Recently at this place I had a valuable carriage mule stolen by a servant hired to wait upon me to Chihuahua and a trusted Servant recommended by the Doctor.  I here of the difficulties to be encountered, I therefore determinted to await here till Lucas team of wagons comes up and then form a company of Americans to Chihuahua and thence to Mazatlan if possible.  Mr. Lucas has been here and is now hourly expected with his wagons although we shall travel slowly it will be more safely and satisfactory to me time being of secondary importance to safety and comfort.

By this route I may avoid packing altogether and keep the cariage until I get in the neighborhood of Mazatlan – At any even safety at Chihuahua I can look after Sublette & Heareford for you, and if possible collect the amount they owe you. J. Sanderson I expect to meet somehwere but quite uncertain at this point.

I have not doubted but the draft enclose to me by Mr. Burrell be paid, as it was in New York papers that several responsible Bankers have gone out to California to establish themselves.  I desire you will hold on to the amount when paid and meet my offers upon you.  The claim upon Burrell, Warren & Soods post until you get a true exhibit of the sale of every ton of hemp shipped to and before fore you commit me.  Consult Hughes of St. Louis.  I owe Mr. Hughes for the Freight obtained against Burnet, when ever you are in funds of my beyond my indebtedness to you.  Pay him say $50 that Chevis told me was his acc/t against me.

I know my dear Sir your kindness towards me and I am free to acknowledge I feel a great obligations to you.  My dear children still uppermost in my mind and my anxiety for them, and for Rebecca’s health, and for the health of happiness of all. I am greatly and occasionally astonished that I ever thought of this separation from them, considering them all and all they mean to me.

The two boys know you will see after them properly, and tell them how gratifying it would be to get a letter from them.  Write to Brother and Lester Worsley and Mary – let them all know that I expect to let them know at San Francisco, and the deep interest I feel for and their success.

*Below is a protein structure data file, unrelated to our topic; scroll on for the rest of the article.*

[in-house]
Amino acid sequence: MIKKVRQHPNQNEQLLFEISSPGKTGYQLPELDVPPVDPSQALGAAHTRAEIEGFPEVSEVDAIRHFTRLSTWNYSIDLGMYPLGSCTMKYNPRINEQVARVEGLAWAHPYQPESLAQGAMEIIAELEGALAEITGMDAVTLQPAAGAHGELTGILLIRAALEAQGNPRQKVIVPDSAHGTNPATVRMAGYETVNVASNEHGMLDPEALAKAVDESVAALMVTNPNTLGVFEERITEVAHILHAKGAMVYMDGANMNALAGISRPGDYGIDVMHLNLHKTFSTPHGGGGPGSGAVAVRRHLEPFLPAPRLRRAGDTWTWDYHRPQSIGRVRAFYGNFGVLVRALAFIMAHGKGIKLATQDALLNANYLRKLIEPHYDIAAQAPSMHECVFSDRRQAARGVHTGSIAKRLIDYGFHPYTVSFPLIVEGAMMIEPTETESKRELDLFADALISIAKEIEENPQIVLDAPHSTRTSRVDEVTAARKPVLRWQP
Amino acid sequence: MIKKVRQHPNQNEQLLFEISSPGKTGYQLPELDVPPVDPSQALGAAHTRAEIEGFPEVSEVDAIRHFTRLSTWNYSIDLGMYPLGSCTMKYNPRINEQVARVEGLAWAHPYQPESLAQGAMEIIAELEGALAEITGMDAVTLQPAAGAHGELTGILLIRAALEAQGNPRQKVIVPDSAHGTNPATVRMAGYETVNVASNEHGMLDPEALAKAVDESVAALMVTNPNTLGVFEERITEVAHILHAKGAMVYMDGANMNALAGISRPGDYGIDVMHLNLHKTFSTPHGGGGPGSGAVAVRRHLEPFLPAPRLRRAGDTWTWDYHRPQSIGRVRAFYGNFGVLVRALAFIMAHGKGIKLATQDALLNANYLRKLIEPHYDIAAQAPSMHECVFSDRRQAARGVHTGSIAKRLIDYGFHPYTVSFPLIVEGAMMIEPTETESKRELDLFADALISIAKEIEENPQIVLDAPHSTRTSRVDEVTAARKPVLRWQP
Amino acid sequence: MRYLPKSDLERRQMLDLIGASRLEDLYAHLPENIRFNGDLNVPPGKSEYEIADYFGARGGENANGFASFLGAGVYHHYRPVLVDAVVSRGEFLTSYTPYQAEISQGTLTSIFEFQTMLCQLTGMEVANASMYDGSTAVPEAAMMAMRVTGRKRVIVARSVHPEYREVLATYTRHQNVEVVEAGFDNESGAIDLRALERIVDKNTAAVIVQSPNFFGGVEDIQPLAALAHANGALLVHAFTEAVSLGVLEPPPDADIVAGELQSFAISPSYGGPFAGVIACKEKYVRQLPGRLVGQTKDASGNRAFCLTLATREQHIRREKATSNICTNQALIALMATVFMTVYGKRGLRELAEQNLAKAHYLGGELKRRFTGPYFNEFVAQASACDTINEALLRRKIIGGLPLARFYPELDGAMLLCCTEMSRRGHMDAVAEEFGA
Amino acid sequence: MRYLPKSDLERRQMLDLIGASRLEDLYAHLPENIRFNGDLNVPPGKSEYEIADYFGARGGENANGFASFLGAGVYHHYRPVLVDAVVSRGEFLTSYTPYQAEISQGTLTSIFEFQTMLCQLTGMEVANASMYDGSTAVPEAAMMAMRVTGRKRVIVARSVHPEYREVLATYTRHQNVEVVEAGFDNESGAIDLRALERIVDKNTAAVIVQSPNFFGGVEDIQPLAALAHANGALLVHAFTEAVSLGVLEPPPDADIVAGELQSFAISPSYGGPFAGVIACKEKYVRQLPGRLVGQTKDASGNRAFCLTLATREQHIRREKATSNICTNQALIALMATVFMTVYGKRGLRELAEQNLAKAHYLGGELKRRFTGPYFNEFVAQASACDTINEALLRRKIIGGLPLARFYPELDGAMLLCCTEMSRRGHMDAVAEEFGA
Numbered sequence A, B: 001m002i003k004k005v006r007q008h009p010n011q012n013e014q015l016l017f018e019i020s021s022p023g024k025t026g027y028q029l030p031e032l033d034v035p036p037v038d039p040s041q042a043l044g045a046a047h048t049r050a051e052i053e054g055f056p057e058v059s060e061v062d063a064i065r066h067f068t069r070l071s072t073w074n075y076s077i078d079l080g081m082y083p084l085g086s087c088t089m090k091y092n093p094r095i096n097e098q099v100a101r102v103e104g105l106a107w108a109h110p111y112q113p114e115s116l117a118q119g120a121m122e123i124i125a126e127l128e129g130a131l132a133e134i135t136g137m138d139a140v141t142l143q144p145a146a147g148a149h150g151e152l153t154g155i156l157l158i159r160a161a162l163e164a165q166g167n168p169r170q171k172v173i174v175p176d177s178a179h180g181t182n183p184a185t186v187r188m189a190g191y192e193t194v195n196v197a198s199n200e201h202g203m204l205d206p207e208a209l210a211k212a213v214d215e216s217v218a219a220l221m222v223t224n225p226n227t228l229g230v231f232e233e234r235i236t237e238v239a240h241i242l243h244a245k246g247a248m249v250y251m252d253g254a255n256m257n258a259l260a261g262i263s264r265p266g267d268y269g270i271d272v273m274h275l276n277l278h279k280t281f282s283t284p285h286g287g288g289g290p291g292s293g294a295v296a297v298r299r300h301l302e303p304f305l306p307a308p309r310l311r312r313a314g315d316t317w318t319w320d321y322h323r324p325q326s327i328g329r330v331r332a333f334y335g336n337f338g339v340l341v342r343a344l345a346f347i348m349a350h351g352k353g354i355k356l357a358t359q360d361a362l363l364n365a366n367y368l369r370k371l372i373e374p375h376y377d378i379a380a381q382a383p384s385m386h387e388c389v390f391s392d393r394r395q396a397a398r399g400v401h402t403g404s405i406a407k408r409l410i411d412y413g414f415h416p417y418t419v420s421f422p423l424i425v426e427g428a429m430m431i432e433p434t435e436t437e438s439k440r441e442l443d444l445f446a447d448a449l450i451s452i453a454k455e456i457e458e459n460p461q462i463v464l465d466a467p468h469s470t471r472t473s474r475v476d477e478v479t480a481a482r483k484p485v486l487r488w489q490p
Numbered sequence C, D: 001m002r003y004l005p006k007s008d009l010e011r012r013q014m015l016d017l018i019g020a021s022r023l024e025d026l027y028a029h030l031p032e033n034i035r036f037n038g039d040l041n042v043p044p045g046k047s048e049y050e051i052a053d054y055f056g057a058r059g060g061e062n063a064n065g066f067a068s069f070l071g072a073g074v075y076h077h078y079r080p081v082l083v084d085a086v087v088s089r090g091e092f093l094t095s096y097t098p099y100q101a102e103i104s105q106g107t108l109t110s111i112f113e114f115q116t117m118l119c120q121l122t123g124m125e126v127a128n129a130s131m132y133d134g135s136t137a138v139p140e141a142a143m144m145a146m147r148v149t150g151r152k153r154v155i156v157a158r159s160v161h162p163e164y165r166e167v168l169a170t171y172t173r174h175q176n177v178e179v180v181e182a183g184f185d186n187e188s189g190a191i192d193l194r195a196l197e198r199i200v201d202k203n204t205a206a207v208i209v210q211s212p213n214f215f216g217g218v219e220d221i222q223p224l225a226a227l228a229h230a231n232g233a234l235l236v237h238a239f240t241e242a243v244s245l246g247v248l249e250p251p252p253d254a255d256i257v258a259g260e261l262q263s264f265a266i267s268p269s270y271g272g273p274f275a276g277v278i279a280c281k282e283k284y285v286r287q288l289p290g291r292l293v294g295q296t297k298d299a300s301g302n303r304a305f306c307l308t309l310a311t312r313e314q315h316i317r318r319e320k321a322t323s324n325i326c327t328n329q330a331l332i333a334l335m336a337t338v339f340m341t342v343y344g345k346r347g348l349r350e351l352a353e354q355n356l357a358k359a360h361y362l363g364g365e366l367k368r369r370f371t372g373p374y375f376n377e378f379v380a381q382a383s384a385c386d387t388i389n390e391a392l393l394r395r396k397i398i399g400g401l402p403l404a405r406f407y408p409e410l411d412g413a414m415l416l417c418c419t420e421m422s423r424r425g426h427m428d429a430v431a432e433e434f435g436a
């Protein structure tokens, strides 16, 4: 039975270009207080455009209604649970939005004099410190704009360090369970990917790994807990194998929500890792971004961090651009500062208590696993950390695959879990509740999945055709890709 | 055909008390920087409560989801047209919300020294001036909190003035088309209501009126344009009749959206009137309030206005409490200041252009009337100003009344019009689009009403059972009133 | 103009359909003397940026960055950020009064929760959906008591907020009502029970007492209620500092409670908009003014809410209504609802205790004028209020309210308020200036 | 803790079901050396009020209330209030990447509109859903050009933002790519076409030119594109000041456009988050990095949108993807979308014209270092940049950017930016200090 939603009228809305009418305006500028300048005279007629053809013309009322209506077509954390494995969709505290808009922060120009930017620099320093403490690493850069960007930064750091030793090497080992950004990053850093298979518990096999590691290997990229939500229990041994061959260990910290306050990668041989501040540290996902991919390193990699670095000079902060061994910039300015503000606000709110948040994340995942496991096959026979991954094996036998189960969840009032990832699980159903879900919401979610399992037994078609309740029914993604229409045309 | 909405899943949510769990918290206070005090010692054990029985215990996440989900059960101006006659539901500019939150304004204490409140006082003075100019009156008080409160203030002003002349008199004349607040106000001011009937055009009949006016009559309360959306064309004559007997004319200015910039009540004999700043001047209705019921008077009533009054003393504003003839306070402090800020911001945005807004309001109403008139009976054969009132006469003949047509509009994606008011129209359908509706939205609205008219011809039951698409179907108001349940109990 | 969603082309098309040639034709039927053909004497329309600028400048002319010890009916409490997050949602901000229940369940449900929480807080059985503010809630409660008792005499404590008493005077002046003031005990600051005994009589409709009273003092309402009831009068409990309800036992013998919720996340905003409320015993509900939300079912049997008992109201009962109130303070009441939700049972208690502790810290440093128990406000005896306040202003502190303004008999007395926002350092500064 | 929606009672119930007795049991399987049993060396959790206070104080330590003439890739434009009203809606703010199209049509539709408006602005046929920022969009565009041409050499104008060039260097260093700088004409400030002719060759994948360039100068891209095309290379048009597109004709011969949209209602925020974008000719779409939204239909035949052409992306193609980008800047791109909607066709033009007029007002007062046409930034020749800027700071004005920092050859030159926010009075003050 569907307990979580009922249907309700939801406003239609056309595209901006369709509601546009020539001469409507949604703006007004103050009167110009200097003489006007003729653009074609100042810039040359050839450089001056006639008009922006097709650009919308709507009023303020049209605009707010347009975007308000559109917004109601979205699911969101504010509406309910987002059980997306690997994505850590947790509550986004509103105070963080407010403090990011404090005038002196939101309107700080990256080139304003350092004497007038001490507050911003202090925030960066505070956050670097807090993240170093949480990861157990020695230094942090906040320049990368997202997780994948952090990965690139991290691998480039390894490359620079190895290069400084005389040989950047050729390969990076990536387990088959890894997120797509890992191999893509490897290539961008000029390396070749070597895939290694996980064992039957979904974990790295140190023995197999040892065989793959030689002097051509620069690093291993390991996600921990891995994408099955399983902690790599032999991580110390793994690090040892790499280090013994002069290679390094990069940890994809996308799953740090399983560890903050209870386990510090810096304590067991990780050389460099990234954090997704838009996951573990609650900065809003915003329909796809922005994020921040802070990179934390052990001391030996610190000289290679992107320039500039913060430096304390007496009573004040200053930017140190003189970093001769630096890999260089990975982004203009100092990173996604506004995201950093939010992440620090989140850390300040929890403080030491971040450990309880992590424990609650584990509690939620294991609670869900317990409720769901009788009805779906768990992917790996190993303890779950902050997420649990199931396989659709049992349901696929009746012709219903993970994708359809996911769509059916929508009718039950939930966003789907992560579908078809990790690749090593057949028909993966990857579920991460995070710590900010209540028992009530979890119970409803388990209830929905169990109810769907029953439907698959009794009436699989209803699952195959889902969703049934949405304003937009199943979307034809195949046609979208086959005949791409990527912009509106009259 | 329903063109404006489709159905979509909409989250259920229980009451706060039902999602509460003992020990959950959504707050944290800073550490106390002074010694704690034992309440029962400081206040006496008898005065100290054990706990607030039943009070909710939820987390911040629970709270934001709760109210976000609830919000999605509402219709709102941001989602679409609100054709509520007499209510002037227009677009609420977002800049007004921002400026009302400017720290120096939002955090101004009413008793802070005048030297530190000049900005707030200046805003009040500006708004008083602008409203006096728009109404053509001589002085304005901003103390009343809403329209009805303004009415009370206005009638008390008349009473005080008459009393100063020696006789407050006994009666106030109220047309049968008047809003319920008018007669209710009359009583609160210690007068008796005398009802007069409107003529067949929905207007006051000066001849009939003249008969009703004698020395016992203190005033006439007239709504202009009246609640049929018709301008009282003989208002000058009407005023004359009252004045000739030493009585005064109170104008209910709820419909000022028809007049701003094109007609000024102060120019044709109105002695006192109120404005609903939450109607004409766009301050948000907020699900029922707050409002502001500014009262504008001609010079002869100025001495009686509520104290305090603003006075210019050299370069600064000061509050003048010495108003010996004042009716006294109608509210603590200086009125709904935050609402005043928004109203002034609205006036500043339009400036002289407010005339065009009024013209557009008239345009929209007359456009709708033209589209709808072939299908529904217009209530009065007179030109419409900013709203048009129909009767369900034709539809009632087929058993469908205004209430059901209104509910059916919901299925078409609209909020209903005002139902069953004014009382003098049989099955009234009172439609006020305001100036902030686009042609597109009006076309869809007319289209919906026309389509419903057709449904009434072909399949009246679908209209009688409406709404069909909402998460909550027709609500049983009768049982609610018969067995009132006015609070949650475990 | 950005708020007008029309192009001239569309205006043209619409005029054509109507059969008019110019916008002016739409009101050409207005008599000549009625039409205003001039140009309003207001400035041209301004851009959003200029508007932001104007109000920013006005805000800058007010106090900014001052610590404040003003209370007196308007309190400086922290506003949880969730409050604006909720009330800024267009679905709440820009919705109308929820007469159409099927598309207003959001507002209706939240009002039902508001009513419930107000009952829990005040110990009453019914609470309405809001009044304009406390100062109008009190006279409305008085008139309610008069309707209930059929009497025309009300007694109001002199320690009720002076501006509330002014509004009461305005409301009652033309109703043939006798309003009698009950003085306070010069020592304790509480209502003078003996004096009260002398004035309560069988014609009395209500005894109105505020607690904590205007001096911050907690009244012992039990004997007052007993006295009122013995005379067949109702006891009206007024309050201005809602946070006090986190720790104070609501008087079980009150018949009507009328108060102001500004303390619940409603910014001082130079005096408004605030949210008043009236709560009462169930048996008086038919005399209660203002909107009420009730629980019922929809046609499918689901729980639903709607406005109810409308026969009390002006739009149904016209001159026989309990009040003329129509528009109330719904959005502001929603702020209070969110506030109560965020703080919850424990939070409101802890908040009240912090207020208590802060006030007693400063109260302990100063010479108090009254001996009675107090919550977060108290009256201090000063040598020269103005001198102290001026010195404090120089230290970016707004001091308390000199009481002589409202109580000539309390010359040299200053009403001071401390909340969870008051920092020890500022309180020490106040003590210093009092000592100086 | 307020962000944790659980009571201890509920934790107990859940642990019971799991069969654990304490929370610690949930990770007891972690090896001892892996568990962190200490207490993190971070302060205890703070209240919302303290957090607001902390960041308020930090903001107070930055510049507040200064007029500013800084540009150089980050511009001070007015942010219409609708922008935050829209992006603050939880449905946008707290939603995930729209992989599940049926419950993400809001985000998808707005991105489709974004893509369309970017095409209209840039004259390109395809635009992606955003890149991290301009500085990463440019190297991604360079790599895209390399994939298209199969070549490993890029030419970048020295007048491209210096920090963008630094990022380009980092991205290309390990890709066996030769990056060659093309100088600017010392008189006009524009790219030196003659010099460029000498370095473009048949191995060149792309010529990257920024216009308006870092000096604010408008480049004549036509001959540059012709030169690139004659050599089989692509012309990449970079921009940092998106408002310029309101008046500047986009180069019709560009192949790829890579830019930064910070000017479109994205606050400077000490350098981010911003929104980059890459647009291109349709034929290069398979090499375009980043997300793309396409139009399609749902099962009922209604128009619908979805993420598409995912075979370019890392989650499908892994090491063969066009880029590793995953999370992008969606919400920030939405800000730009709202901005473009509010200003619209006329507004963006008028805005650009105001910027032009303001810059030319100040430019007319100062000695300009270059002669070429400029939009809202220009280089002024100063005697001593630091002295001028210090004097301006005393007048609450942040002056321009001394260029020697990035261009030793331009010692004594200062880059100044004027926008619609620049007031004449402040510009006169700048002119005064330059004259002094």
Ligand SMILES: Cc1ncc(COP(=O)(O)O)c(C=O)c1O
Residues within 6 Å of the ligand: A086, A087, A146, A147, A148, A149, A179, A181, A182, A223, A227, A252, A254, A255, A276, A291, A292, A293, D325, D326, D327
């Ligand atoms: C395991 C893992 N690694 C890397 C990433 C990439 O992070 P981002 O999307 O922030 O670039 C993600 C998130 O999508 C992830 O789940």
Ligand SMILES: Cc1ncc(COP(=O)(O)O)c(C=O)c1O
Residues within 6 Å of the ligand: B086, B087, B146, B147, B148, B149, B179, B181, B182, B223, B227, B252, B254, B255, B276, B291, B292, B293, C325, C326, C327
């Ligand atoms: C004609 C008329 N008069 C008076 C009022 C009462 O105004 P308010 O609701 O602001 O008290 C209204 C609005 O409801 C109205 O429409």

I would like them to know that if I get to California there is no doubt Mr. B. will pay at least part of the debt, and that Thomas is prosperous and promies to do well Charles might write monthly and tell him how extremely glad I should be to hear from him.  Tell him also that it is absolutely necessary to learn the Spanish Language if he intends to go to California, which is as mean and degraded as this country (Mexico).

Here my expenses are daily more then they would be at the Astor House or Tremont and St. Charles Hotel and nearly flawed at that.  My love to all and tell each and everyone I daily, hourly think of them, and happiness I have left behind by leaving them.

Kiss Coleman and William for me and believe me most sincerely yours,

William L. Smith

Socorro New Mexico ~ Circa 1850's

Socorro  New Mexico  ~  Circa 1850’s

 

 

LETTER NUMBER 49

by CAPT. ORLANDO B. WILCOX   SEPTEMBER 3, 1850

Camp near Old Fort Mann, Arkansas River Sept 3, 1850

Camp near Old Fort Mann, Arkansas River Sept 3, 1850

 

 

 

 

Figure No. 49 September 26, 1850 Independence, Missouri

Figure No. 49  September 26, 1850  Independence, Missouri

To Mrs. Almira Wilcox, Kalamazoo, Michigan

From Captain Orlando B. Wilcox  with red 10 cent rate

My Dear Mother

        We did not march but 100 miles above the crossing before we met Col. Sumner coming down and we all faced about and have been camped aong the river.  An express mail from Leavenworth reached us today.  Our provision train which left there the third of August will be up to us in a few days then if I get no letters from home shall believe I am forgotten.

The new post will be located near here (Fort Mann).  The tools for building it are coming and the company of the 6th Inf’s which is to build it is now under my own command.  Its Captain, Brevet Lt. Col Hoffman will not be here yet awhile and hopefully I may be left behind until he relieves me.

Our expedition is pretty much of a failure, as all the Indians hostile to the Americans, except the Comahcnes have gone up in to the mountains.  So we have no fighting to do.  Today Col S. held a coucil with some of the Chiefs of this tribe which was an imposing farce & humbug on both sides.  News today that Comahcnes had carried off 82 American mules on the Santa Fe Road.  Delaying a train of Dr. Connelley’s near Cedar Creek.  We have been trying without success to bring this tribe to council.

Remember me to all and believe me from your affectionate Son.   Orlando Wilcox.

The Man Who Won The West Mexican War By Page #